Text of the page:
. Lab coordinator:
As coordinator, Jolanda Möller is the linking pin between students, learning coaches, researchers, external partners and anyone who wants to do something with the lab….
‘We are builders of bridges’
As the founder of the Urban Leisure & Tourism Lab, urban sociologist and associate lecturer Roos Gerritsma was there at the start of the lab in 2015. Roos considers the lab to be a testing ground for more: ‘North is the starting point, not the destination. By working here on complex challenges at a micro level, we can also make our mark at a macro level. Rather than designing quick fixes, we are building partnerships for the long term. Our interventions always consist of three steps: local expertise, local value creation and measuring local impact. In this way, we truly connect with local communities’.
What is your educational background?
I studied Urban Sociology at the University of Amsterdam and Communication at the Haagse Hogeschool. My masters – more than 20 years ago – was about Amsterdam residents and their attitude to tourism and tourists. I am still dealing with this theme and its context today with my students.
What do you contribute to the lab as a learning community?
Connecting with the community, both in Amsterdam-North and beyond, I liaise with a comprehensive network of residents, businesses and policy officers. I live in North myself, which obviously also makes a difference. Other than that, I am frequently led by intuition and it is quite often only afterwards that I realise how much my feelings have prevailed. Obviously, that is also partly due to my work as a sociologist. I once compared myself to a sponge, because I absorb many things using all my senses. I share my expertise in the fields of leisure and recreation, tourism and urban development. To me, development of vision is quite important; I am always looking to the future. Writing is important too, and my publications are both scientific and practice-oriented. I also have the capacity to work in a structured way and to reflect, in other words, to ask what we have actually learned.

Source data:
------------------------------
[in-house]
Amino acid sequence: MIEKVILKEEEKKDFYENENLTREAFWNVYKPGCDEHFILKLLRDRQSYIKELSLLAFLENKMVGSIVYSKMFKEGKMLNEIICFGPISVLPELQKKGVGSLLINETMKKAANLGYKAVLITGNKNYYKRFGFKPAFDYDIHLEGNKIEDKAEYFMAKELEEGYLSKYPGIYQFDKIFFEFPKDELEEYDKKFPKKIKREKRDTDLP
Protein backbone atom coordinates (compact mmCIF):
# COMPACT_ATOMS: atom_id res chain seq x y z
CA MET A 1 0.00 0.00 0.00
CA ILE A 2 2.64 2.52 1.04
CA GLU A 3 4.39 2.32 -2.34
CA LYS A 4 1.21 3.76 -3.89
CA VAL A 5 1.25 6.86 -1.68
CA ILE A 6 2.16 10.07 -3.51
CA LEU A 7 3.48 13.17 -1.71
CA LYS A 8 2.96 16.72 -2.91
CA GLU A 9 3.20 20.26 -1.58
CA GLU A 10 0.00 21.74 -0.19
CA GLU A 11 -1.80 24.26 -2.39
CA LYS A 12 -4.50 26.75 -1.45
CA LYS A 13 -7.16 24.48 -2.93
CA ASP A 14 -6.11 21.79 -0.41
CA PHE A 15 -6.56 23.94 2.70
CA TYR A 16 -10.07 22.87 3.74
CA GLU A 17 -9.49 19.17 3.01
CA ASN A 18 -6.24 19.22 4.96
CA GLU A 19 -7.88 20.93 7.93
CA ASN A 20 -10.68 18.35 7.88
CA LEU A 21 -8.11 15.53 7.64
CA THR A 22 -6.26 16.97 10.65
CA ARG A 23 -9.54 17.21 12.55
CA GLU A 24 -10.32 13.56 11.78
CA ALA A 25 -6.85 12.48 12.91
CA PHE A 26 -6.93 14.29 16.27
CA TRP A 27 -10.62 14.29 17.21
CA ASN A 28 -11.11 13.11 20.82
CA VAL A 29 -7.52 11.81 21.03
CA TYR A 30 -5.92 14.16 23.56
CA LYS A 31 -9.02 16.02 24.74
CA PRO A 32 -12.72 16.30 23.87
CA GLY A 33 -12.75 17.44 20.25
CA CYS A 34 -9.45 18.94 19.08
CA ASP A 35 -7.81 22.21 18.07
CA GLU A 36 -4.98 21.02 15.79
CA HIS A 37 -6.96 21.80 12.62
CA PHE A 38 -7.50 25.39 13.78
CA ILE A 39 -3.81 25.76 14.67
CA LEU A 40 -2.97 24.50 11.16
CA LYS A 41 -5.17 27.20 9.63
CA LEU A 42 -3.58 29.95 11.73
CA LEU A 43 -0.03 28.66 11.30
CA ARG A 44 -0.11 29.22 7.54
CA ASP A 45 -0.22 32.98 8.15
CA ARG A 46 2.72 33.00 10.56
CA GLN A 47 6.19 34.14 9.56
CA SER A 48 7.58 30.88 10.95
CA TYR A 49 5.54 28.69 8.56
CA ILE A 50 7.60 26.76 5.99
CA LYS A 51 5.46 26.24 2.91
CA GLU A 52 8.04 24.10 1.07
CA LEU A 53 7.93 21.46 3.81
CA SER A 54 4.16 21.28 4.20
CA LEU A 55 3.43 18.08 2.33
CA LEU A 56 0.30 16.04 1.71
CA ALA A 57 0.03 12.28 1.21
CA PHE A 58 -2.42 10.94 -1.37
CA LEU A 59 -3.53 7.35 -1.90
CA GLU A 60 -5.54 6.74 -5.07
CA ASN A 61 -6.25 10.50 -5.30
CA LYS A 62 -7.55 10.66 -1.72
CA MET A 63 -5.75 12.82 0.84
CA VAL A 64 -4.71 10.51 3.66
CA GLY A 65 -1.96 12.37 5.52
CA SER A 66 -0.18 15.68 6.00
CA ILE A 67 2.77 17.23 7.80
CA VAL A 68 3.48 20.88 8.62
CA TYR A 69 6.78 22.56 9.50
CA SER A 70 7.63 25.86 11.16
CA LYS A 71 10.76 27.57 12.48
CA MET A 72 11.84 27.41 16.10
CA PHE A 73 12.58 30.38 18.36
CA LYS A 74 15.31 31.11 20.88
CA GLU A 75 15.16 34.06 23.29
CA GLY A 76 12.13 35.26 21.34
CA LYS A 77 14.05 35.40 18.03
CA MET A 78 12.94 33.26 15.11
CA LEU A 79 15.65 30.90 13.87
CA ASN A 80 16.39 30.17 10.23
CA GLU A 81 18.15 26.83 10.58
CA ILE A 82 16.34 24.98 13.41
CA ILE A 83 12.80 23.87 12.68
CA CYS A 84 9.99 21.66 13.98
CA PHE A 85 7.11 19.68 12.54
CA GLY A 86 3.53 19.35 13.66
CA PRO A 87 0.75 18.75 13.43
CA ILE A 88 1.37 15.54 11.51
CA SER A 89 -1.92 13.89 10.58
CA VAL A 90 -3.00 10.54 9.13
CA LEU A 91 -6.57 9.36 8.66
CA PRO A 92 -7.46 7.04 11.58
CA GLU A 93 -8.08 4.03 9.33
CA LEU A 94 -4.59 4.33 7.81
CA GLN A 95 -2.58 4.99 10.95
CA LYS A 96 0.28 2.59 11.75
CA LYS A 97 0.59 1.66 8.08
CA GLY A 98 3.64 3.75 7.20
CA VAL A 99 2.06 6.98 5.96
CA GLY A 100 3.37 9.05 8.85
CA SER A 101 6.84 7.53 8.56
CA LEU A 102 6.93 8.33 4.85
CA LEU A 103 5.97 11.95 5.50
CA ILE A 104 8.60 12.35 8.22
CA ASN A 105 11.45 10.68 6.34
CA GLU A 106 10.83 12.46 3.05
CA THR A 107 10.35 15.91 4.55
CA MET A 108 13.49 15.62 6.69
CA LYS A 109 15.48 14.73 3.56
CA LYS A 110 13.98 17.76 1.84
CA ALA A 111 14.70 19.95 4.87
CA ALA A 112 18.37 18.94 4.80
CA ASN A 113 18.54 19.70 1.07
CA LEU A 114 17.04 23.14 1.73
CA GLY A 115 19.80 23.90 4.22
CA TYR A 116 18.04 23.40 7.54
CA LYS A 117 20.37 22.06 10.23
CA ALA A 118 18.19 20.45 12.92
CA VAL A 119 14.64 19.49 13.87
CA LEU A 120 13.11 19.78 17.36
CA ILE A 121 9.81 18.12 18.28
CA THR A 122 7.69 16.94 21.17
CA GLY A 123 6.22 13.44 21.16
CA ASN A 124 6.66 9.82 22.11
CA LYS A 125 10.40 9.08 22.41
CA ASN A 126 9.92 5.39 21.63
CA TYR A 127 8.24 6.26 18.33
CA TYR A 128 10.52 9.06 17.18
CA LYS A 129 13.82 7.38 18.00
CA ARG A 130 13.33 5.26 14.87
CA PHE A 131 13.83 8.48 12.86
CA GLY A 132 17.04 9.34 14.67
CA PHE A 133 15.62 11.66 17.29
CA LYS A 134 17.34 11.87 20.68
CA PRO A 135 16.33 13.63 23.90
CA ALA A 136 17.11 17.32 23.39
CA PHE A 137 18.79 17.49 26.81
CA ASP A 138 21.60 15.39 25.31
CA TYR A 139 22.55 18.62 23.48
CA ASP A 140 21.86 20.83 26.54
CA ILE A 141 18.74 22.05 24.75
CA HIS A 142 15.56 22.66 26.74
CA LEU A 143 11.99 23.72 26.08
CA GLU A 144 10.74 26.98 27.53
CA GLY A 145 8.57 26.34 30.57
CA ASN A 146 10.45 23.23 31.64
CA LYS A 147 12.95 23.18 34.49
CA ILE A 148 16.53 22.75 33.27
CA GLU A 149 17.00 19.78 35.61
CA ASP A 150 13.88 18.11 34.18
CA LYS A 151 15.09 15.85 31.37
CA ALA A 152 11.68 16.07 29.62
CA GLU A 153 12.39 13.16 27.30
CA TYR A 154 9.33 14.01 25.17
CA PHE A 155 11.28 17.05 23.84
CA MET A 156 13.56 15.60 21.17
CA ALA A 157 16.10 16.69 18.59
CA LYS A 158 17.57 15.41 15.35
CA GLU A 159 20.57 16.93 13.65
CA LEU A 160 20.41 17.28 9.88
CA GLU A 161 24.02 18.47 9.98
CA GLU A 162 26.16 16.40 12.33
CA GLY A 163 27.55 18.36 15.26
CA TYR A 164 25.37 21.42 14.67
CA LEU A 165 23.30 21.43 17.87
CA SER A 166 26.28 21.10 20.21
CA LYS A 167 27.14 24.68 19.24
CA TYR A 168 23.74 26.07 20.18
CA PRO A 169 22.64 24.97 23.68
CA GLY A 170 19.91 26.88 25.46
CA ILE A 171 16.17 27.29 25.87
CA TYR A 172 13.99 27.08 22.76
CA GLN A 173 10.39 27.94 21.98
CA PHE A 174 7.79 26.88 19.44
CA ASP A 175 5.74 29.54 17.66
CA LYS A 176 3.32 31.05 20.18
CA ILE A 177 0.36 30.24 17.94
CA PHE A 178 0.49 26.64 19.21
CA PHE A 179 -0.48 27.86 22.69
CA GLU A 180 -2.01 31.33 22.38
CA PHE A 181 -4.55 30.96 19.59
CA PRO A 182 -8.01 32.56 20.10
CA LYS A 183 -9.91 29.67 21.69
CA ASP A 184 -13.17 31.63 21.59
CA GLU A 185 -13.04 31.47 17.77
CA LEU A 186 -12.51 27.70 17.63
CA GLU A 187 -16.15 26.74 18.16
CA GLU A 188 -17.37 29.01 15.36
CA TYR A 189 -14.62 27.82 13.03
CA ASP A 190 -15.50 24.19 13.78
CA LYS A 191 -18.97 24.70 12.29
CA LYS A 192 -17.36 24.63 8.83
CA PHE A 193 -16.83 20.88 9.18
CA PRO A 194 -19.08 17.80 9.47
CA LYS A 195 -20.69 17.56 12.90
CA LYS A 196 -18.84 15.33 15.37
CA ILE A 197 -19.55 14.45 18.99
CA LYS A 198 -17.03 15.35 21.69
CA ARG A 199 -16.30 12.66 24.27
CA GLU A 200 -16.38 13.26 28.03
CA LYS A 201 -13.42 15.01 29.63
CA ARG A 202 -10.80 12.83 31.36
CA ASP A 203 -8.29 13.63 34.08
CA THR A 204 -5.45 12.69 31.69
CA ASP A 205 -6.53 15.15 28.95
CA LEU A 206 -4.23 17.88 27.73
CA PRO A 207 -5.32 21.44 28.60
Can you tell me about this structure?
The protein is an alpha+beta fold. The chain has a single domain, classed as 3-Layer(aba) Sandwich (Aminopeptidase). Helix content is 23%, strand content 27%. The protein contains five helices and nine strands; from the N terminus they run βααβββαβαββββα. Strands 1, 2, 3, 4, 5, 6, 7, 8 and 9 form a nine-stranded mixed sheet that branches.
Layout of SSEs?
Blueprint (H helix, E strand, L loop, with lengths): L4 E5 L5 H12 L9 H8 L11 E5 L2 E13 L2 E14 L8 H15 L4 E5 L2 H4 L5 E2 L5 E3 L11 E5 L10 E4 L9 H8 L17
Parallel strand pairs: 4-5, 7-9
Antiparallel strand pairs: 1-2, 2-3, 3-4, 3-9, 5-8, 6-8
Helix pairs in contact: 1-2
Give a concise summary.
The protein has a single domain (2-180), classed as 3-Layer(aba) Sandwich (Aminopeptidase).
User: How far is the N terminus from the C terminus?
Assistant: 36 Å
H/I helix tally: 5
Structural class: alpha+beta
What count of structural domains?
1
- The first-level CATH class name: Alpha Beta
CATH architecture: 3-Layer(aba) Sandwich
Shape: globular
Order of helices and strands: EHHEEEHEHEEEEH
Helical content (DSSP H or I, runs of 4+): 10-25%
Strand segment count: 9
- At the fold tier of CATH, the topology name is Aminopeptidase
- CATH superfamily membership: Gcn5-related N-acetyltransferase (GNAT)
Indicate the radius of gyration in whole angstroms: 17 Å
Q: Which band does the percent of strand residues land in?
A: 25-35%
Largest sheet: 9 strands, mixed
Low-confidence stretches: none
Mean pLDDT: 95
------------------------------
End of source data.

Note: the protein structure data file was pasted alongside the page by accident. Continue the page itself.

What is your favourite spot in Amsterdam-North?
Can I choose two? I am inclined to say: Hamerkwartier, the vantage point over the IJ River. With a little imagination, you can see the Sluispunt – the very tip of the Sluisbuurt island – from there. It really is a beautiful riverside vista. The Pllek restaurant is also one of my favourite spots. There is a lovely song about Amsterdam-North: ‘On the sunny side of the IJ’. The nice thing about this northern bank is that it catches the evening sun.
Finish this sentence: for me, leisure and recreation mean…
… freedom, recharging batteries, connecting with other people, nature and myself. And it is also a luxury; in many other countries, this question is simply not relevant.
What factors do you think are key for the positive development of the tourism, recreation and events industries?
The end of Covid, obviously, meaning that we can move freely again without any fear. Hopefully, we will see this in 2021, so fairly soon, combined with some sort of pleasant and healthy balance. On the one hand, it will be lovely when we can engage in all kinds of activities again; at the same time, it is also bound to cause a great deal of irritation. It would be great if, once society has opened up again, we all took more account of each other’s situation. And as for the lab, I would like to set the standards even higher; we should be able to deploy leisure and tourism as a positive strategy to turn the tide in terms of climate change and inclusivity, as well as reducing loneliness and poverty.